Throughout my review, I mentioned a few times that I don’t know if The Last Jedi’s reveals will be impactful. Let’s go through them and I’ll explain what I mean.

  1. To begin with, the most speculated thing of the past two years – Rey’s parentage – was somewhat revealed. Kylo stated that she is a nobody and that her parents were nobodies and, even though Rey keeps looking for father figures in Han and Luke, she is definitely not related to either of them. I have few reservations about this: first of all, is Kylo a trustworthy source? Also, what about that idea that the main three trilogies are Skywalker-centric – how could one of them have a lead character who isn’t a Skywalker? And yet, I also sort of love the idea that Rey is a nobody – it’s quite an inspirational message to spread that everyone can become a hero.
  2. The trailers have been toying with the viewers, making it seem like Rey was turning to the dark side. However, Kylo is the one who ends up turning…but not really. His character’s arc is just brilliant – I feel like these past two movies have been his growth as a villain rather than redemption as a hero. I immensely enjoyed his and Rey’s back-to-back fight against the imperial guards – it was certainly my favorite smaller scale action scene of the film.
  3. Another great hand-to-hand dual occurred between Luke and Kylo. It wasn’t as visually pleasing as the Kylo/Rey one but it was highly enjoyable because of its meaning for the characters’ shared backstory – Kylo’s darkness scaring Luke into a shameful and regretful act.
  4. The aforementioned fight also resulted in a very interesting goodbye to one of the characters of the old cast – Luke. His way of passing – with peace and purpose – was just so deserved and fitting for the character. However, I don’t think that this film was the last time that we see Luke – I expect him to reappear in the next feature as a force ghost (like Yoda in this one – his cameo was a lovely surprise).
  5. The dual between Kylo and Luke was not only important for Luke but also significant for Kylo, who got a double defeat – physically and, more importantly, ideologically. Kylo has been on a quest to defeat the past, however, as The Last Jedi’s ending proved – the past cannot ever be defeated. It will be reborn and repeat itself, as evident in the closing shots with the force sensitive child.
  6. You know who else’s force sensitivity was finally shown on screen explicitly? Leia’s! It took this series a while to give Leia a great force related scene but the one in this picture was worth the wait. The bait-and-switch aspect of it only added to the emotional turmoil of watching that scene.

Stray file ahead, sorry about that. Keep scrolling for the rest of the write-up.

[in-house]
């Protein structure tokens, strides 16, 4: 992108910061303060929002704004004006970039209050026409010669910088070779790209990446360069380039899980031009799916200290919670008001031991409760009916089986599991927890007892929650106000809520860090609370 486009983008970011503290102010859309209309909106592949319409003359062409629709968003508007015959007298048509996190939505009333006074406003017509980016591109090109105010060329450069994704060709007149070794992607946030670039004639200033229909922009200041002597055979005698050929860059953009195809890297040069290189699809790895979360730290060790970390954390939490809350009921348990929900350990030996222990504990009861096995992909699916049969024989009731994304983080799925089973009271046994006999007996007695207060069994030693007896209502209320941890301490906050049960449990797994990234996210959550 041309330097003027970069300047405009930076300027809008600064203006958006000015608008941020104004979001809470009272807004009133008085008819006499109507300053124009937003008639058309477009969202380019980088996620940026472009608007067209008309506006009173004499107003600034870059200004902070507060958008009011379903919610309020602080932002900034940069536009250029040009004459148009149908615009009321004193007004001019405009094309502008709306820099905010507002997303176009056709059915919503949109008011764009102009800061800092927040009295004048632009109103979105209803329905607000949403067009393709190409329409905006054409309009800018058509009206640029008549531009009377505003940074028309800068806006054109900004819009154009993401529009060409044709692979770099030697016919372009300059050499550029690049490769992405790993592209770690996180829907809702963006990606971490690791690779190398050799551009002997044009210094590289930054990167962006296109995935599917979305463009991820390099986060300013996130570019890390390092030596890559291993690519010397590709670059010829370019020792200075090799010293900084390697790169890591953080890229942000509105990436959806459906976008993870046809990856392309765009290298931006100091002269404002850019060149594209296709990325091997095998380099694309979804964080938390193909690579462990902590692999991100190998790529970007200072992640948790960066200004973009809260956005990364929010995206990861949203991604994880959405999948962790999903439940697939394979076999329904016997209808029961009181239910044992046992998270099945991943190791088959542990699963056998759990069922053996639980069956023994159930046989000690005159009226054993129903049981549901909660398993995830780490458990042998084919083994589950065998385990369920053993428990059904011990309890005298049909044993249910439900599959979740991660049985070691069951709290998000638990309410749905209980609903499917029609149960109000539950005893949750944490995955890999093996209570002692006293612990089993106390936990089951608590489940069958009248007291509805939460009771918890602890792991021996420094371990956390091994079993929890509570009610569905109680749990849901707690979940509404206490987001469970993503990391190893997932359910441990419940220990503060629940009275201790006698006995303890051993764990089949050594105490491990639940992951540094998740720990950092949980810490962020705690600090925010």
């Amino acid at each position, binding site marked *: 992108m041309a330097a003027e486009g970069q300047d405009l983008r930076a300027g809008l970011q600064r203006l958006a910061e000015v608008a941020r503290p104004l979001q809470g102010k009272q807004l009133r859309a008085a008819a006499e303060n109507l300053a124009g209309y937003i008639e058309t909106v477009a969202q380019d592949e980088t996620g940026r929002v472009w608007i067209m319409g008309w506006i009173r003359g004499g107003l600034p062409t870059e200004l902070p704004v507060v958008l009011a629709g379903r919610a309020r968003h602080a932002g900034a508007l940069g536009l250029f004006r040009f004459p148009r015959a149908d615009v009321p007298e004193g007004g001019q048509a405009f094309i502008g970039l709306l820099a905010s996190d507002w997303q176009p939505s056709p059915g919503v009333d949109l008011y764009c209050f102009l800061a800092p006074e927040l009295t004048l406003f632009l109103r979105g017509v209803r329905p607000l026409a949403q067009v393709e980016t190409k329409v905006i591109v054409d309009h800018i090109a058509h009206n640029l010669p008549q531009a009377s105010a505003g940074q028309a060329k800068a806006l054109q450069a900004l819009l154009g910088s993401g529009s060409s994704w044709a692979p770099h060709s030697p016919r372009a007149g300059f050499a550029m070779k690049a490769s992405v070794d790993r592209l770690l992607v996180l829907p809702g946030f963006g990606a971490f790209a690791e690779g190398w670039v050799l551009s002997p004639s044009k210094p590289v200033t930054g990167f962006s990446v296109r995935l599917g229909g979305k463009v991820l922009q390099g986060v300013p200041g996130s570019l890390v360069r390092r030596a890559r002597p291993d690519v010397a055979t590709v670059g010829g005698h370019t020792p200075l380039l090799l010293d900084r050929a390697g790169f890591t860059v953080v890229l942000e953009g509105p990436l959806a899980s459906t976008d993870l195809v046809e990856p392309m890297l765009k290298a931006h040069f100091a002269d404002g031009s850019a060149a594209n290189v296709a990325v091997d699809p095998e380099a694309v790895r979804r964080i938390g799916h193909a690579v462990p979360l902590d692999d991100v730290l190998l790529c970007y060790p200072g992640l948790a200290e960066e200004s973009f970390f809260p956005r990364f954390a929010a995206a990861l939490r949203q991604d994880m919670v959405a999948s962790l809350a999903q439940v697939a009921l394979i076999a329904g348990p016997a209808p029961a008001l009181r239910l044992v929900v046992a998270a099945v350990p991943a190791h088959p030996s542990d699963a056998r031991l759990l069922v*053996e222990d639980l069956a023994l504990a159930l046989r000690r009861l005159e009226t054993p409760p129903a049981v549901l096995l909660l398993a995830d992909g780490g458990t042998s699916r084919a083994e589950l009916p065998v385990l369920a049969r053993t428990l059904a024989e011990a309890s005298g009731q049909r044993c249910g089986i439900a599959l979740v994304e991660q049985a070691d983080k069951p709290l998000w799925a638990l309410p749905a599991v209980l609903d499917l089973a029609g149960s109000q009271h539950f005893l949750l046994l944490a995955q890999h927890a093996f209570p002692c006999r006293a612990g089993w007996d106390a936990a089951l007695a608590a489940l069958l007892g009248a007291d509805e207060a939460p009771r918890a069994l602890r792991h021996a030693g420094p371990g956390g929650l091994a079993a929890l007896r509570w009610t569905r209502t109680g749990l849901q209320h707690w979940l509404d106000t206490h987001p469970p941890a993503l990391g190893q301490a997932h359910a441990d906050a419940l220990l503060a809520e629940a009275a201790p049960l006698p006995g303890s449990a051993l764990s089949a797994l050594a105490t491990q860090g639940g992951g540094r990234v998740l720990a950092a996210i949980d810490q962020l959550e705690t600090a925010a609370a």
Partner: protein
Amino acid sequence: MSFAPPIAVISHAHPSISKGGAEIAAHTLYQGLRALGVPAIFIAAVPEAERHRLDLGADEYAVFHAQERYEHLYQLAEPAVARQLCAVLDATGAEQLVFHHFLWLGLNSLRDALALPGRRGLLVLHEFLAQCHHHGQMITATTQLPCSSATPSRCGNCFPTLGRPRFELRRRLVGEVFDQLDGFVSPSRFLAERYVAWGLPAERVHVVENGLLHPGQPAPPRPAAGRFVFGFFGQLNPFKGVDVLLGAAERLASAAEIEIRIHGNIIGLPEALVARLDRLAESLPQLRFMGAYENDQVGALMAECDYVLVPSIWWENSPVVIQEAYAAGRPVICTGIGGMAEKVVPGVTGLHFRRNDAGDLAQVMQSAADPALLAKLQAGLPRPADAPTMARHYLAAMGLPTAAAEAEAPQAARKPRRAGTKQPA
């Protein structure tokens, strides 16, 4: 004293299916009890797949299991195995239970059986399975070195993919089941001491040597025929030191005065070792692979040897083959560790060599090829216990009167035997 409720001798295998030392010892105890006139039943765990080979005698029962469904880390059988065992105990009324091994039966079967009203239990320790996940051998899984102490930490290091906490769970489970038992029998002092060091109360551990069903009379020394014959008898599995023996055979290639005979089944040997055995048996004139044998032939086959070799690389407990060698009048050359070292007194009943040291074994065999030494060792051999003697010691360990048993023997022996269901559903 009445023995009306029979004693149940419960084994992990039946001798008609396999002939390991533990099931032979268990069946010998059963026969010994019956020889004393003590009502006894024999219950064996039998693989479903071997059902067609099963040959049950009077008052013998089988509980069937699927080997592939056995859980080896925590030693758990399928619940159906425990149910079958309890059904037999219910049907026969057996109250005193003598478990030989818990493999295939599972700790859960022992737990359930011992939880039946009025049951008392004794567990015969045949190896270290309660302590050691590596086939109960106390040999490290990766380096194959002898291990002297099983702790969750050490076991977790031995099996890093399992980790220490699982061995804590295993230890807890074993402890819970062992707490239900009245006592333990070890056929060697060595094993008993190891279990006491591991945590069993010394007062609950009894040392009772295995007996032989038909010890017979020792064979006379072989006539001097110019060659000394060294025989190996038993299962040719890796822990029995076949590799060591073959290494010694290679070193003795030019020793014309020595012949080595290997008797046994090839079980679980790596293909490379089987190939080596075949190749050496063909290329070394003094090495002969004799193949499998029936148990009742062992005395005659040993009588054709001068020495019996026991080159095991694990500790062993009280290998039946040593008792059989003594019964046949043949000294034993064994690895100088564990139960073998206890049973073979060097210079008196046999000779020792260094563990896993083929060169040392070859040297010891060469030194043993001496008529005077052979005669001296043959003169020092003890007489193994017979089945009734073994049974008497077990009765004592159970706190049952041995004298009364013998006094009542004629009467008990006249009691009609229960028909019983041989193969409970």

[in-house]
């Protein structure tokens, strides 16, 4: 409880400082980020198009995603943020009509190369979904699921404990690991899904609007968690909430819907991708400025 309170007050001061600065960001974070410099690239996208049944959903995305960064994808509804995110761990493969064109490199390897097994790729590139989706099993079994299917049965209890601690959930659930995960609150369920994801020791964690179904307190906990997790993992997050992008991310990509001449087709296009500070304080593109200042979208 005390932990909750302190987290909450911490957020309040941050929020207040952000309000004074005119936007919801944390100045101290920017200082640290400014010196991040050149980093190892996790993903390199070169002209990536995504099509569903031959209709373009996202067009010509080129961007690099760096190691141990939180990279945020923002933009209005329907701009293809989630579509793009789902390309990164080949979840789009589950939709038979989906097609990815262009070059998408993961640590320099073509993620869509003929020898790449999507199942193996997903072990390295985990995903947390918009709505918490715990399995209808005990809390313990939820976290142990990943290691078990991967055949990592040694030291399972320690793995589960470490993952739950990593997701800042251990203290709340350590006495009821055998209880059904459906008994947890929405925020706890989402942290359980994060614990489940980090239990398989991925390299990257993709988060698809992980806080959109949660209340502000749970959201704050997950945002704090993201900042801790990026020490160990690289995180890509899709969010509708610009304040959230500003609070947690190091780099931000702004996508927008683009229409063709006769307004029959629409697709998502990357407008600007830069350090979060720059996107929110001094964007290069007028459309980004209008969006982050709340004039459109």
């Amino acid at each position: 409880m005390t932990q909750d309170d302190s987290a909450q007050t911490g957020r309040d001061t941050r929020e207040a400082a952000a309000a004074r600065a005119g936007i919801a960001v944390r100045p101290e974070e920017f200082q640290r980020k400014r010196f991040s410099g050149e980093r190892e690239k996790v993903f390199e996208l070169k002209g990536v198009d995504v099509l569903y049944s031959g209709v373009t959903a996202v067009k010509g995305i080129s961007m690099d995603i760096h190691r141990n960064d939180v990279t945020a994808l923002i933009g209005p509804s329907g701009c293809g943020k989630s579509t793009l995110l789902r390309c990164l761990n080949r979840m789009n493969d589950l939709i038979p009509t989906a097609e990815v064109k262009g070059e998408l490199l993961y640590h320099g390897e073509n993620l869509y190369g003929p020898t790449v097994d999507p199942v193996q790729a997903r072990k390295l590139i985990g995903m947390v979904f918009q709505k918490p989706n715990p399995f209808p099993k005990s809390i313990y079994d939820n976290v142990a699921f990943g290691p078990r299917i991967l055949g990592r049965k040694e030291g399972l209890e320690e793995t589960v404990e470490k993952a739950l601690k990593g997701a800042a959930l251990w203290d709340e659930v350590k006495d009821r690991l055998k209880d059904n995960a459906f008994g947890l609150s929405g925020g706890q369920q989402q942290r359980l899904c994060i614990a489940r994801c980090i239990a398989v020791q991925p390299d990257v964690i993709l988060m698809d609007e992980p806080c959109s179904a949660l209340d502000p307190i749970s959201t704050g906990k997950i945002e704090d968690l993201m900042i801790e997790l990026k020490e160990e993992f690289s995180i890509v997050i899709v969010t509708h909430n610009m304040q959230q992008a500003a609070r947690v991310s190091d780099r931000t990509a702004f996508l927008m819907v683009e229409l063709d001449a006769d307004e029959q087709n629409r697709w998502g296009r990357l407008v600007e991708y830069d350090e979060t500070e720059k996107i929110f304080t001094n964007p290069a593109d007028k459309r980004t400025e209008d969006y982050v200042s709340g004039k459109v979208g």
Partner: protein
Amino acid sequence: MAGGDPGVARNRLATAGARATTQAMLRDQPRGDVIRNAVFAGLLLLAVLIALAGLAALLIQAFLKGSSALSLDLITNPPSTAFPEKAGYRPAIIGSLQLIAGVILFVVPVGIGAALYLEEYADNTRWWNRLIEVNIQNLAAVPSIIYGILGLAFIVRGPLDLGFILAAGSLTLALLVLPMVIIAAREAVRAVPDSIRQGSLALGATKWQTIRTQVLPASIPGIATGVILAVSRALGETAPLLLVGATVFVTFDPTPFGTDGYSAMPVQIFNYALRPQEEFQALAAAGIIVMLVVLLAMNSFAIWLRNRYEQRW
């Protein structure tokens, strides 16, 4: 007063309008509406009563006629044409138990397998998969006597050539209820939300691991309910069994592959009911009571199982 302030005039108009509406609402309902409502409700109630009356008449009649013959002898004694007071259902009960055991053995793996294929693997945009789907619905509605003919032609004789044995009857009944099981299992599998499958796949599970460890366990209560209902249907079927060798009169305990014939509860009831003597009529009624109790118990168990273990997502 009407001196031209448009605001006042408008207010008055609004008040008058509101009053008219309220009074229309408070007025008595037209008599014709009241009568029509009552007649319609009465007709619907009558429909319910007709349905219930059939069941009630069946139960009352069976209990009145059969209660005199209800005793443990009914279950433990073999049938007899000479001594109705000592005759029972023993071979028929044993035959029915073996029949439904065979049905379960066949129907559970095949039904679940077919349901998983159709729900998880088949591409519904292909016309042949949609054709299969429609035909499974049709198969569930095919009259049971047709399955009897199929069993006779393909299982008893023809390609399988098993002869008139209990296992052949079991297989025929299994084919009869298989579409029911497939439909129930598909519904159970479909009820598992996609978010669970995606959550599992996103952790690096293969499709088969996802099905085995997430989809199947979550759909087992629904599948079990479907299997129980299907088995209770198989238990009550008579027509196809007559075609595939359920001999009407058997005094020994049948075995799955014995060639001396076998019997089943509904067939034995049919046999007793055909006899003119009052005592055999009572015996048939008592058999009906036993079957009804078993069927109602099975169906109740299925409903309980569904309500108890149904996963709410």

7. Another significant death in the movie was that of Supreme Leader’s. The fans have been speculating online about who he actually was but we didn’t get a chance to find that out before his demise. It seems a bit cruel to play with the fans like that – hint at something in Episode 7 and not deliver on it in 8. I wonder whether he will somehow come back in 9 or whether he was truly just a stepping stone/a development point for Kylo?
  8. Lastly, I don’t know if I was reading into the characters’ interactions too much but I think we will get a love triangle in the next film. There appears to be something brewing between Finn and Rose; Finn and Rey also have a connection; and Poe, having finally met Rey, also seems to like her (I mean, who wouldn’t, she is awesome!).

5 ideas about a movie: Goodbye Christopher Robin

Movie reviews

Hello!

One of the early potential awards contenders has premiered, thus, let’s evaluate its chances. This is the review of Goodbye Christopher Robin.

IMDb summary: A behind-the-scenes look at the life of author A.A. Milne and the creation of the Winnie the Pooh stories inspired by his son C.R. Milne.

  1. Goodbye Christopher Robin was written by a novelist and a British TV/movie writer Frank Cottrell-Boyce and a TV producer Simon Vaughan and directed by Simon Curtis (who previously directed My Week With Marilyn – one of my favorite films about the movie business). Curtis’s directing was very competent. He paced the movie neatly and made it feel like an old-school classical drama. The way he shifted the focus from one character to the next (from the father to the son) in the two halves of the movie was also an interesting choice.
  2. The script tackled a lot of topics and concept that all made up the incredible real-life story behind Winnie-the-Pooh. To being with, although, ultimately, this narrative was one of hope and happiness, it was framed by a feeling of dread and loss: the filmed opened with a scene that made the viewer believe that the real Christopher Robin had died at war, thus, the following long flashback (the rest of the film) felt like it was destined to end badly. However, the opening scene turned out to be bait-and-switch and the picture indeed had sort of happy ending – as happy as you can get in the real world.
  3. Additionally, Goodbye Christopher Robin had a lot to say about the middle/upper-class family relationships in the 20th century (and also now). First, the role of the nanny as ‘the true parent’ was portrayed explicitly. Also, an engaging message about motherhood was stated: how giving birth does not equal motherhood – one has to earn the right to call oneself a mother. The film also did a good job of portraying Milne’s PTSD and his ideas about/against the war(s).